Pusher II: With Blood On My Hands Image
Metascore
78

Generally favorable reviews - based on 8 Critics What's this?

User Score
7.7

Generally favorable reviews- based on 7 Ratings

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  • Summary: Pusher II tells the story of Tonny, a crook from the Copenhagen underworld whose previous run-in with a baseball bat has left his mind addled and unreliable. Having just been released from prison, Tonny tries to bring order to his life and gain the respect of his father, the Duke, aPusher II tells the story of Tonny, a crook from the Copenhagen underworld whose previous run-in with a baseball bat has left his mind addled and unreliable. Having just been released from prison, Tonny tries to bring order to his life and gain the respect of his father, the Duke, a notorious gangster who appears to have nothing but contempt for his son. Tonny soon learns that nothing in this new life comes easy. Trying to repay a debt held over from prison, he makes misstep after misstep, running further afoul of the Duke. On top of it all, Tonny must contribute to the upbringing of a baby boy which may or may not be his own. Battling the scorn of all around him as well as his own drug-fueled delirium, Tonny must forge a path toward some form of redemption, or perish in the attempt. [Magnolia Pictures] Expand
  • Director: Nicolas Winding Refn
  • Genre(s): Action, Drama, Thriller, Crime
  • Rating: Not Rated
  • Runtime: 100 min
  • More Details and Credits »
Score distribution:
  1. Positive: 8 out of 8
  2. Mixed: 0 out of 8
  3. Negative: 0 out of 8
  1. 80
    Each film in Nicolas Winding Refn's mesmerizingly brutal Pusher trilogy can stand on its own, but it's fun to see all three and observe the way the bad guys in one become the sympathetic heroes (or anti-heroes) in another.
  2. Reviewed by: Nathan Lee
    Jul 15, 2013
    80
    Where "Pusher" worked fresh texture and authenticity into a classic noir template, Pusher II reaches toward the mode of hyperrealist allegory perfected by the Dardenne brothers.
  3. Reviewed by: Robert Abele
    Jul 15, 2013
    80
    The introduction of a baby that Tonny supposedly fathered feels worrisome initially...but in Refn's skilled street-realist hands, the child becomes a potent, wailing metaphor for Tonny's own dilemma of rudderless need.
  4. Reviewed by: Patrick Peters
    Jul 15, 2013
    80
    The breakneck pace, the seething sense of menace and the unflinching attitude to sex, drugs and violence coagulate into a nastily authentic take on the seediness and venality of modern villainy.
  5. Reviewed by: Noel Murray
    Jul 15, 2013
    75
    Pusher II works best when it's dwelling on the disconnect between Mikkelsen's lurid imagination and his disappointing reality, though it starts to fade when it becomes about the strained relationships of fathers and sons.
  6. Reviewed by: V.A. Musetto
    Jul 15, 2013
    75
    [Refn] mixes jittery hand-held camerawork, improvised dialogue and available light to create a nightmarish world of sex, drugs and horrific brutality that will turn off many viewers while delighting others.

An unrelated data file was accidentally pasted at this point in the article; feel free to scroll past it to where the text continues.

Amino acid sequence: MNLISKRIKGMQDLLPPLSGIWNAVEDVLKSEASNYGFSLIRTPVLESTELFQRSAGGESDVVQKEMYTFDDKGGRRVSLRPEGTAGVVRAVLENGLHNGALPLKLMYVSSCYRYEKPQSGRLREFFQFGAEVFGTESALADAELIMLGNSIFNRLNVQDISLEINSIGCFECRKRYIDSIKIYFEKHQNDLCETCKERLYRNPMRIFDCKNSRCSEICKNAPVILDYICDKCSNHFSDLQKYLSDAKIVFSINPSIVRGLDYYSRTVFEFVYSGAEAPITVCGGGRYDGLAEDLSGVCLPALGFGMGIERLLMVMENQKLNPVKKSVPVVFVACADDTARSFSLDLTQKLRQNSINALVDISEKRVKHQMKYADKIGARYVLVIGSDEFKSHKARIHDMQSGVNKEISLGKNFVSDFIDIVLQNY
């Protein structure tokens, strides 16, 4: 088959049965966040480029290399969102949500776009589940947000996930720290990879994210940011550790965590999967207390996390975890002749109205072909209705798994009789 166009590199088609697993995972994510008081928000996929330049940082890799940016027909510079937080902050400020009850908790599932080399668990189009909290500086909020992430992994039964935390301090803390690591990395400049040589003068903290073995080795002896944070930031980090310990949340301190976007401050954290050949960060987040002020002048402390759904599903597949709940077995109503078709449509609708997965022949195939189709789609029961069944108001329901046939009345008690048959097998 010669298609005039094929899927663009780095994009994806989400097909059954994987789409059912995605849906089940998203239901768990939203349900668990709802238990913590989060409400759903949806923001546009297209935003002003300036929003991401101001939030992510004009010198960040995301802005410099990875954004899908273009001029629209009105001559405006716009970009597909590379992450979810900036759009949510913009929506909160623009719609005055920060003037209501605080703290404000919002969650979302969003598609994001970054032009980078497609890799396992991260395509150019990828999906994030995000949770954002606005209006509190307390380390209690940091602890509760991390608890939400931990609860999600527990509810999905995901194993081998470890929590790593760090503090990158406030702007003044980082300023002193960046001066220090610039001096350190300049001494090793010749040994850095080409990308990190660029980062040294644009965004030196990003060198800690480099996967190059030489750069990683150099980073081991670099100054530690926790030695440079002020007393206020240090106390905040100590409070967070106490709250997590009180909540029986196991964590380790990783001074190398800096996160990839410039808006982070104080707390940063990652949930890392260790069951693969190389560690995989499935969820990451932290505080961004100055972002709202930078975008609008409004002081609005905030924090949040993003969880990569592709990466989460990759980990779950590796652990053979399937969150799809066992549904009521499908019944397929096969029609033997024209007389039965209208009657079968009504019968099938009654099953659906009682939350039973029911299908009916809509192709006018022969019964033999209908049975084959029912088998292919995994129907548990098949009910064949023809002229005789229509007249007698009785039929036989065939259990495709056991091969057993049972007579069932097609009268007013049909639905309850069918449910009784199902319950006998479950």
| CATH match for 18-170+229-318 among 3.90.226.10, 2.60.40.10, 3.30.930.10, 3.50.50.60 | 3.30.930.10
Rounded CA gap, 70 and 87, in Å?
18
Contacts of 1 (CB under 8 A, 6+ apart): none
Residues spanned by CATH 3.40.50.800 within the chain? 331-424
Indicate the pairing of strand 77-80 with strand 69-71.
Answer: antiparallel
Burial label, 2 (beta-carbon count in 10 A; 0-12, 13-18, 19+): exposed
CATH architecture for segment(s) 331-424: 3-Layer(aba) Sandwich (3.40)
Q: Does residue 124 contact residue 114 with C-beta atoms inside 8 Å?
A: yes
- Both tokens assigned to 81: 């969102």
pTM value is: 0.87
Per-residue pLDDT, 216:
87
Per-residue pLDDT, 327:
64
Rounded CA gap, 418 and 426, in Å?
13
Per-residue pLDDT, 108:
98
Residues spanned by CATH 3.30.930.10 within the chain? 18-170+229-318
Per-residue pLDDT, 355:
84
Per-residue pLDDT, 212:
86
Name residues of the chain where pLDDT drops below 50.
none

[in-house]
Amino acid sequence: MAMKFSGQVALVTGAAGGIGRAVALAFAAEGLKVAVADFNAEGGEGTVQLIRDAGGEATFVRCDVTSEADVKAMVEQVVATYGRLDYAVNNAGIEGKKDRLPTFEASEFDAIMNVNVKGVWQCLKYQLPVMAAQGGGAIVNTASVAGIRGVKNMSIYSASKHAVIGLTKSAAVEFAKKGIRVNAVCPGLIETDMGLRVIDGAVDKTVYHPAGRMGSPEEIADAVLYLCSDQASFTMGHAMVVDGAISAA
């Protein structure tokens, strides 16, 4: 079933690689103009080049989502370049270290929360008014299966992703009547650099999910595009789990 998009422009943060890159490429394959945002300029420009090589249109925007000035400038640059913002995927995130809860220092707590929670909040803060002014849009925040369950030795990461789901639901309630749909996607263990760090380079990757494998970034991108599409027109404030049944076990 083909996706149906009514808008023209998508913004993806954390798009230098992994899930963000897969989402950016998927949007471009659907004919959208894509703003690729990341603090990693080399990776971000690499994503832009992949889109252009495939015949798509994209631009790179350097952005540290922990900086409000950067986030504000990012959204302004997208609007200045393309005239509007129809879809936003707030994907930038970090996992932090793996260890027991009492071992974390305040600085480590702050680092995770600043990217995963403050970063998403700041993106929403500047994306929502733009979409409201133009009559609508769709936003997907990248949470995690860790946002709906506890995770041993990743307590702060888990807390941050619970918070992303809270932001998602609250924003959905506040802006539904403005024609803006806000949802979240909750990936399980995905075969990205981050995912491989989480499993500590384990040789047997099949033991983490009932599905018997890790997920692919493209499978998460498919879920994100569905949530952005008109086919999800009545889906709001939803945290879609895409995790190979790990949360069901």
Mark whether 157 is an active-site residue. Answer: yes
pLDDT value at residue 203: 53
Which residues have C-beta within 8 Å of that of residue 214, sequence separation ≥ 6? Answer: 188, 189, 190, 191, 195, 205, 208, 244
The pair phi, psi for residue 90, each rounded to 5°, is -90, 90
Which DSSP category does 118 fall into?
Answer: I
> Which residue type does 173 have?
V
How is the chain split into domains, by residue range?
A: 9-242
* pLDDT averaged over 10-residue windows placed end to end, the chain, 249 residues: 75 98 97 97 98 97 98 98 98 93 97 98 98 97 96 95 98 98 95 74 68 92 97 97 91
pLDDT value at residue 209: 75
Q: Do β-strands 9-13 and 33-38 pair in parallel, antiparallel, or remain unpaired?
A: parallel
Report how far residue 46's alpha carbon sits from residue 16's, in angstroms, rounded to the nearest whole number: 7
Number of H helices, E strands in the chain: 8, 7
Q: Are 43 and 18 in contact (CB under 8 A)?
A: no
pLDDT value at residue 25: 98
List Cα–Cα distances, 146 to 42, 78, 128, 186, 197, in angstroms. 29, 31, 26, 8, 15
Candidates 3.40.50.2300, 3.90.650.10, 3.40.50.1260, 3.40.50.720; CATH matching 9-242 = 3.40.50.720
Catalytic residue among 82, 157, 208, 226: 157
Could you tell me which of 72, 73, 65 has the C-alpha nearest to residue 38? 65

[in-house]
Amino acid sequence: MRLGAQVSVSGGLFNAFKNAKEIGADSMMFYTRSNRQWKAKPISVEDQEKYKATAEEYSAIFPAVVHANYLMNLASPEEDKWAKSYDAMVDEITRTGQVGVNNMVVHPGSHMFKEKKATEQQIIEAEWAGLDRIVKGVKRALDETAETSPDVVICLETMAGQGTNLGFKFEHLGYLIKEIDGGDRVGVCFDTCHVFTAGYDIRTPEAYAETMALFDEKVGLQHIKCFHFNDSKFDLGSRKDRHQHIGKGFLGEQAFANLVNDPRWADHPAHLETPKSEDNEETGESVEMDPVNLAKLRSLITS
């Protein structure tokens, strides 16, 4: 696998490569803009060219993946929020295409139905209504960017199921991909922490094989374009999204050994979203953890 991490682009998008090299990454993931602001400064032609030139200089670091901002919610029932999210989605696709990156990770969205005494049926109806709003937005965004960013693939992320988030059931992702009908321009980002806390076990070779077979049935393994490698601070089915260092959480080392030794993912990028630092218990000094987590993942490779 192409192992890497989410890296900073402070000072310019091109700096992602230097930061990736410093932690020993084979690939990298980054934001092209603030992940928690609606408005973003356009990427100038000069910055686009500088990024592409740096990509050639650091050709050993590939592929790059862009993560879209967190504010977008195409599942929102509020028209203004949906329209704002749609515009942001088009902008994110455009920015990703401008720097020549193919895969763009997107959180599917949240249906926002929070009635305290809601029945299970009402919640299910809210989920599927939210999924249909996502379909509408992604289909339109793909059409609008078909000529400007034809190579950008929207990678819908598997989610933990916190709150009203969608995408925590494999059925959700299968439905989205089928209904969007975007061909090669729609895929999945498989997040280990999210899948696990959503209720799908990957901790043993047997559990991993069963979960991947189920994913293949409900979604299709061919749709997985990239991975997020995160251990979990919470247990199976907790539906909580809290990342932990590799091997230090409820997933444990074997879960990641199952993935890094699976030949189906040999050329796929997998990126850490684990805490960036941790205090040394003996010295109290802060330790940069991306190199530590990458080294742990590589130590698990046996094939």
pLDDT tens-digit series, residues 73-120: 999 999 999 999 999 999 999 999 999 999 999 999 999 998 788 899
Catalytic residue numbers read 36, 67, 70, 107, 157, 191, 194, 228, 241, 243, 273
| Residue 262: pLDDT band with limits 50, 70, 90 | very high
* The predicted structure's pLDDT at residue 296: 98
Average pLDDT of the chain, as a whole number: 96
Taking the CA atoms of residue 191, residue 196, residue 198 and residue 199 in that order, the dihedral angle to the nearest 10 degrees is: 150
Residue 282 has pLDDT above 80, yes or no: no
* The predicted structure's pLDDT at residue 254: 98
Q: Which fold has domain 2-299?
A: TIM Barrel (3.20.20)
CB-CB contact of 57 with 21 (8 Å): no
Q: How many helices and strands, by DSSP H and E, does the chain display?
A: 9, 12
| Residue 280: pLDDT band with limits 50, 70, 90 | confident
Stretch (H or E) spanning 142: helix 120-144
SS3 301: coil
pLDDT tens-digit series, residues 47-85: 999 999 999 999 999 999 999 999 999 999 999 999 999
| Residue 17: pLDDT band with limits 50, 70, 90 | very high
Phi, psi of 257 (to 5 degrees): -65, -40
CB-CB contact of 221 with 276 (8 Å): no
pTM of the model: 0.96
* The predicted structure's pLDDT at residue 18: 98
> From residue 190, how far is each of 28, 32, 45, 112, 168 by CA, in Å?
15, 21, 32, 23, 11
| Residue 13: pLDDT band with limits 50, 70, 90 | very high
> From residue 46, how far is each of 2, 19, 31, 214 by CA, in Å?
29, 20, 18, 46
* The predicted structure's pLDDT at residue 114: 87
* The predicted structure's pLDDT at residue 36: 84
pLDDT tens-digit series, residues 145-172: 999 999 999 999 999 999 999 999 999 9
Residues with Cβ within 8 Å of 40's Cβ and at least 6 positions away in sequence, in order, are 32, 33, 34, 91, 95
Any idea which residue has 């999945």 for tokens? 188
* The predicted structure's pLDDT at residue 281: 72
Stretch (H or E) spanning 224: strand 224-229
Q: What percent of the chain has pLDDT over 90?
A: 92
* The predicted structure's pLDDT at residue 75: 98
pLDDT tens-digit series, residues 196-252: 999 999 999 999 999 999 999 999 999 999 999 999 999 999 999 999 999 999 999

7. Reviewed by: Deborah Young
    Jul 15, 2013
    70
    Along with the continual build-up of tension and threatened (more than shown) violence, pic is notable for its brutal depiction of the sex industry.

See all 8 Critic Reviews

Score distribution:
  1. Positive: 1 out of 1
  2. Mixed: 0 out of 1
  3. Negative: 0 out of 1
  1. Nov 9, 2014
    8
    After Refn made an unsuccessful English-language debut with 2003's "Fear X," he returned to Denmark to shoot parts two and three of "TheAfter Refn made an unsuccessful English-language debut with 2003's "Fear X," he returned to Denmark to shoot parts two and three of "The Pusher Trilogy." But the new films aren't a continuation, and the layoff didn't dull Refn's ability to tell an engaging crime story. In "Pusher 2: With Blood On My Hands," the film explores a drug-dealer’s former sidekick as he deals with new challenges in the world of crime, drugs, and becoming a father.

    Frank's ex-sidekick from the first film, Tonny, wonderfully played by Mads Mikkelsen is fresh out of prison. Tonny is eager to prove his worth as earner and son to his crime boss father (Leif Sylvester Petersen), known as the Duke. Routinely called a loser by everyone he knows -- he practically invites abuse by sporting a tattooed "respect" on the back of his bald head. Tonny also tries to ingratiate himself with his recalcitrant father (Leif Sylvester Petersen), who can hardly trust him with anything. The back-breaking straw is the appearance of a baby that Tonny's old non-girlfriend (Anne Sorensen) claims is his. The bitterness and betrayal mounts as Tonny begins to wonder if he should rewrite his life, and the fate of the neglected infant.

    At its core, the film about is about broken families and serves as a stark reminder of the lasting effects on our actions can have on future generations. Tonny's entire life has been spent on only one thing: trying to gain the approval of his father. And not only that he learns on his release that he is very likely the father of a baby boy, one so neglected by his junkie mother that he hasn't even been given a name yet. Refn is painting a bleak picture of a child without a chance. He is in complete control behind the camera, but this film belongs purely and simply to Mikkelsen. He is absolutely stunning, flawlessly embodying the insecurities and desire that drives Tonny. Against all odds, Tonny becomes a sympathetic hero in an increasingly tragic tale. It's not hard to spot the need that drives his self-destructive behaviour: it's practically written all over his face - or at least the back of his head.
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